The image above of Darth Vader is one of the early concept pictures of the characters from what was to become one of the most famous movies of all time. The picture has the characters C3PO and Chewbacca in their early imagined forms, and Luke Skywalker, Darth Vader and R2D2 more similar to the forms they took.
From Conception to Perception
Ralph McQuarrie was able to help create the characters in George Lucas’ mind and bring them visually into being. Lucas had specific ideas about what he wanted in terms of how the characters and scenes might appear, and McQuarrie worked with him to produce many of the scenes that we see in the movies.
For example McQuarrie created the scene below where Luke Skywalker is riding his tauntaun. The beast of burden is a furry kangaroo-dinosaur like animal that was used as transport by the rebels on the snow planet Hoth when scouting around in Star Wars V, the Empire Strikes back. It’s amazing seeing images of what was yet to be created come to life the way they did in the movies.
Ralph McQuarrie – A Master of Imaginative Creation.
One of my favourite scenes of Return of the Jedi, Star Wars episode 6 is where Luke Skywalker was dropped down into the Rancor pit. Jabba the Hutt kept the rancor as a pet that was mistreated and used it for entertainment for his guests when poor unsuspecting souls angered him. From the looks of this picture, below, its not surprising that no one ever survived the rancour’s wrath.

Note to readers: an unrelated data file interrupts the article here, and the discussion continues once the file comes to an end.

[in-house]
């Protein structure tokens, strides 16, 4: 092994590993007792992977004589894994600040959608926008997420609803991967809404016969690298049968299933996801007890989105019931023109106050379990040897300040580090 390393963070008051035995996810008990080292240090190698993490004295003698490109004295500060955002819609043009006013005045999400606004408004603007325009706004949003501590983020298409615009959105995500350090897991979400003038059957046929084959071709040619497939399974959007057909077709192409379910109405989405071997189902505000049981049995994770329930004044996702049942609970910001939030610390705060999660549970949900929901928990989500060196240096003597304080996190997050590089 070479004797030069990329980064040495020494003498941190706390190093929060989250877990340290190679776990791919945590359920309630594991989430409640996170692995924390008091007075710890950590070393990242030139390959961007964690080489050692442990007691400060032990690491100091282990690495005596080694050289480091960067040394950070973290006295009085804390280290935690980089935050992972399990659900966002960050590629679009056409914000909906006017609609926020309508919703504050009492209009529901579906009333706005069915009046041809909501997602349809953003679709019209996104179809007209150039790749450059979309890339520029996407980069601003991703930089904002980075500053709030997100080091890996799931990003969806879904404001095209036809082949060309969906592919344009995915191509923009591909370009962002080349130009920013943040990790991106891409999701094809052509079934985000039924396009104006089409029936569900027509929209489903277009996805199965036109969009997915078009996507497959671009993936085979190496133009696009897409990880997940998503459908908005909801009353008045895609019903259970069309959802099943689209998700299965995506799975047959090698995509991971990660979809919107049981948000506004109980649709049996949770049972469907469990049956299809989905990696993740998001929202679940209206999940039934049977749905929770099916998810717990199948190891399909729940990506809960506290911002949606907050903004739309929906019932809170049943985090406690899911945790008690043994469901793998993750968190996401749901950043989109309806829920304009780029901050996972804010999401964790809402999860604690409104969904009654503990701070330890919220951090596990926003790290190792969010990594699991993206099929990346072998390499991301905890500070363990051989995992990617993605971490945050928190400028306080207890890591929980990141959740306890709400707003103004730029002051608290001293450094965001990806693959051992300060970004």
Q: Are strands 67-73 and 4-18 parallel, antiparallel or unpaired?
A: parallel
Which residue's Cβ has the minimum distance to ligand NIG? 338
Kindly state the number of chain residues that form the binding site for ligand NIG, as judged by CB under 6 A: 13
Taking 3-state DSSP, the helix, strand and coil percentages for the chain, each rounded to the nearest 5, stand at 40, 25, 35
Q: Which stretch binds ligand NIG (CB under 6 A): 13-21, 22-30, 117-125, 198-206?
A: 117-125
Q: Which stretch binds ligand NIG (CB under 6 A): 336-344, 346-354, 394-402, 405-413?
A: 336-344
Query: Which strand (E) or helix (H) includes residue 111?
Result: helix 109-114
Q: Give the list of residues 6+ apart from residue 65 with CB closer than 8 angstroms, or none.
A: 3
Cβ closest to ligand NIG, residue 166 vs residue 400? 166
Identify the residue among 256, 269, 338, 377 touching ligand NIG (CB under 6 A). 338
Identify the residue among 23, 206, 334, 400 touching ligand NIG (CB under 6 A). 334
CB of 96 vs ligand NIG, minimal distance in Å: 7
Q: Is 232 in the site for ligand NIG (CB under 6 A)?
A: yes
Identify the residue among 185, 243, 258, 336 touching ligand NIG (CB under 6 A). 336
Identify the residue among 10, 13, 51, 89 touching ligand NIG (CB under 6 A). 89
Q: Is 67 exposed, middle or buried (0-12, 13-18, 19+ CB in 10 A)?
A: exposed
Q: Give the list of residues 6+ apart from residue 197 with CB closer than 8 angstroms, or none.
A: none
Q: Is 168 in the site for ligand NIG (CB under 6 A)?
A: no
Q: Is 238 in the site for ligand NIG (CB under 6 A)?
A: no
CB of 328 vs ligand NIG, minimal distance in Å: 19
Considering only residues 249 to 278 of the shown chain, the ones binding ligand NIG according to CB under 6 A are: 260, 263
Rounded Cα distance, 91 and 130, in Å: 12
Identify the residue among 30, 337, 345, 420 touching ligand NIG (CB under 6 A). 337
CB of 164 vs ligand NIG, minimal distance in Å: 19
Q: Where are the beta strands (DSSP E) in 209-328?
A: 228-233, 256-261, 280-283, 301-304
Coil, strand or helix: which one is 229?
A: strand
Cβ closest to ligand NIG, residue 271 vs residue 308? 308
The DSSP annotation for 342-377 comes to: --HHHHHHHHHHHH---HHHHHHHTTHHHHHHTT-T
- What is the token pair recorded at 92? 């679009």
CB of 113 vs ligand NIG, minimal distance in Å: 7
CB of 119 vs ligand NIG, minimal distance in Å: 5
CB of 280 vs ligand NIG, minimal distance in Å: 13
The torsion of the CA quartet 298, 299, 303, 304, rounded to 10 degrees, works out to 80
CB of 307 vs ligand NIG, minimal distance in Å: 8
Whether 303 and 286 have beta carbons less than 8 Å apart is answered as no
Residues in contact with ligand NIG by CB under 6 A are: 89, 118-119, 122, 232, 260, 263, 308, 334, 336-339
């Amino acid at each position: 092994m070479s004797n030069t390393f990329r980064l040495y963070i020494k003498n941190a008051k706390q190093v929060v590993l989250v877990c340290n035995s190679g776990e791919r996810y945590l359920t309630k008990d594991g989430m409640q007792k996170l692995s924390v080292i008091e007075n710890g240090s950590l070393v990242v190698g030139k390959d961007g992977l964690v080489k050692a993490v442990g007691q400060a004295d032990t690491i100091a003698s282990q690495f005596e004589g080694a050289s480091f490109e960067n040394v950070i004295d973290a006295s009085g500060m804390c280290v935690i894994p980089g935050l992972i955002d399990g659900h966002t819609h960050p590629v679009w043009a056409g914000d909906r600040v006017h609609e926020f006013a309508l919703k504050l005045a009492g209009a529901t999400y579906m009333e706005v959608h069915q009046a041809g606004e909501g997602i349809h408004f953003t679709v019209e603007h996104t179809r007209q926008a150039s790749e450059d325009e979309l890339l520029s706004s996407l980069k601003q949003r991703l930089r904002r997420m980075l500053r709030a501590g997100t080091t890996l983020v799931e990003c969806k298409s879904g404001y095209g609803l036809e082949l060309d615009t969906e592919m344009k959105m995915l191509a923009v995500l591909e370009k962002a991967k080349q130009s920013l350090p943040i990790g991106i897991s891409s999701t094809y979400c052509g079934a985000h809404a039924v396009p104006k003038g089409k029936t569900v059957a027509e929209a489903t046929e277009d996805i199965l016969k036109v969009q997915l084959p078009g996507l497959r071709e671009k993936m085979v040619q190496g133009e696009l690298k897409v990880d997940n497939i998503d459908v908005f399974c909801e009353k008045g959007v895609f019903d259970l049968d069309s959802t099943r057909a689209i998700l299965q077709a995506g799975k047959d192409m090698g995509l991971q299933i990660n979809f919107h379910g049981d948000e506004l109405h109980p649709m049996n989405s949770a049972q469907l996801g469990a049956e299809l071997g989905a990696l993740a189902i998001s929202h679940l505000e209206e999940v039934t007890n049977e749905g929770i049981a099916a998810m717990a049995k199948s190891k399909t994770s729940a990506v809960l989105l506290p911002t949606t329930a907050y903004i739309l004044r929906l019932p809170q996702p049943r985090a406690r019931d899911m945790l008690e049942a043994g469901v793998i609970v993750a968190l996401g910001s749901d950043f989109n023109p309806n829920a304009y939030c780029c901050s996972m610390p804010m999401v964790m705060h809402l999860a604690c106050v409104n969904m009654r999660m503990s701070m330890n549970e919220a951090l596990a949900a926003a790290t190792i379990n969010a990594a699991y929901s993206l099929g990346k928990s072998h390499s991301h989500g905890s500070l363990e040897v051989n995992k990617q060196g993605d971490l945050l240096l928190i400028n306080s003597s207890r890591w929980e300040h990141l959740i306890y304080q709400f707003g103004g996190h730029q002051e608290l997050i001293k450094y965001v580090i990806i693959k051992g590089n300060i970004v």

That is of course until my hero, Luke, came along. Only a jedi could escape the deadly jaws of the rancor and yet still manage to feel sorry for it. (That story was told in one of the Star Wars Expanded Universe books, The Courtship of Princess Leia).
A Master At Work
Ralph McQuarrie certainly was a master at what he did, to have such creations in his imagination, or to be able to illustrate what someone else might have in theirs, and make it appear on various art mediums amazes me. To think that he could have put together this weird looking but fearsome creature from a description of what George Lucas wanted is simply astounding. I struggle with imagination, especially creating something from a vision in my head. So I take my hat off to Ralph every time I see a Star Wars movie or a book cover that has used his work.